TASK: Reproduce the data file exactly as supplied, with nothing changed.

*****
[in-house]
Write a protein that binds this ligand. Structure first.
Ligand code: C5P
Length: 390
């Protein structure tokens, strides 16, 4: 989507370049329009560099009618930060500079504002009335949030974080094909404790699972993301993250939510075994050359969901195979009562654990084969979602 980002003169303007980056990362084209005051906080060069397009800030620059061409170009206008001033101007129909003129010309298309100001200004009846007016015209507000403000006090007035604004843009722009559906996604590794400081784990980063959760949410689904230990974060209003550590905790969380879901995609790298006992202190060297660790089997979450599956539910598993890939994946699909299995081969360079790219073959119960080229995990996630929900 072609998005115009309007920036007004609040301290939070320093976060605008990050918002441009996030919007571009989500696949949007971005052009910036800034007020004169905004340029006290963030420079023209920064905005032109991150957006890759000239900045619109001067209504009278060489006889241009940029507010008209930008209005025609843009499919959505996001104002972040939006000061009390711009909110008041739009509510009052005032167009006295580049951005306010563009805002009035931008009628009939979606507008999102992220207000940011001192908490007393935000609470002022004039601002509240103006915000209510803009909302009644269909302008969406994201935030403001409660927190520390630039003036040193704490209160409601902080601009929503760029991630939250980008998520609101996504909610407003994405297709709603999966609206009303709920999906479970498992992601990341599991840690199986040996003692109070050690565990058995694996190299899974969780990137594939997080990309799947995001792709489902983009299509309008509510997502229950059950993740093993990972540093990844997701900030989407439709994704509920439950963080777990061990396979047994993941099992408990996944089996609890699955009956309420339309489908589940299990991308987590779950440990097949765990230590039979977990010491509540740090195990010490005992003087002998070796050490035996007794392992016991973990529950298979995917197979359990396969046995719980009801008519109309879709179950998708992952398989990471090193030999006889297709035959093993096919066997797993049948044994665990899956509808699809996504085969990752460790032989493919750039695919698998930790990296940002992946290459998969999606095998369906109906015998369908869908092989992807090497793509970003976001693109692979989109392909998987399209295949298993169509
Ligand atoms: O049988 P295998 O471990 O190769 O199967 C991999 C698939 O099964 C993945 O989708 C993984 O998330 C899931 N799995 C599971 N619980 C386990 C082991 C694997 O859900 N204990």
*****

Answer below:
[in-house]
Write a protein that binds this ligand. Structure first.
Ligand code: C5P
Length: 390
């Protein structure tokens, strides 16, 4: 989507370049329009560099009618930060500079504002009335949030974080094909404790699972993301993250939510075994050359969901195979009562654990084969979602 980002003169303007980056990362084209005051906080060069397009800030620059061409170009206008001033101007129909003129010309298309100001200004009846007016015209507000403000006090007035604004843009722009559906996604590794400081784990980063959760949410689904230990974060209003550590905790969380879901995609790298006992202190060297660790089997979450599956539910598993890939994946699909299995081969360079790219073959119960080229995990996630929900 072609998005115009309007920036007004609040301290939070320093976060605008990050918002441009996030919007571009989500696949949007971005052009910036800034007020004169905004340029006290963030420079023209920064905005032109991150957006890759000239900045619109001067209504009278060489006889241009940029507010008209930008209005025609843009499919959505996001104002972040939006000061009390711009909110008041739009509510009052005032167009006295580049951005306010563009805002009035931008009628009939979606507008999102992220207000940011001192908490007393935000609470002022004039601002509240103006915000209510803009909302009644269909302008969406994201935030403001409660927190520390630039003036040193704490209160409601902080601009929503760029991630939250980008998520609101996504909610407003994405297709709603999966609206009303709920999906479970498992992601990341599991840690199986040996003692109070050690565990058995694996190299899974969780990137594939997080990309799947995001792709489902983009299509309008509510997502229950059950993740093993990972540093990844997701900030989407439709994704509920439950963080777990061990396979047994993941099992408990996944089996609890699955009956309420339309489908589940299990991308987590779950440990097949765990230590039979977990010491509540740090195990010490005992003087002998070796050490035996007794392992016991973990529950298979995917197979359990396969046995719980009801008519109309879709179950998708992952398989990471090193030999006889297709035959093993096919066997797993049948044994665990899956509808699809996504085969990752460790032989493919750039695919698998930790990296940002992946290459998969999606095998369906109906015998369908869908092989992807090497793509970003976001693109692979989109392909998987399209295949298993169509
Ligand atoms: O049988 P295998 O471990 O190769 O199967 C991999 C698939 O099964 C993945 O989708 C993984 O998330 C899931 N799995 C599971 N619980 C386990 C082991 C694997 O859900 N204990």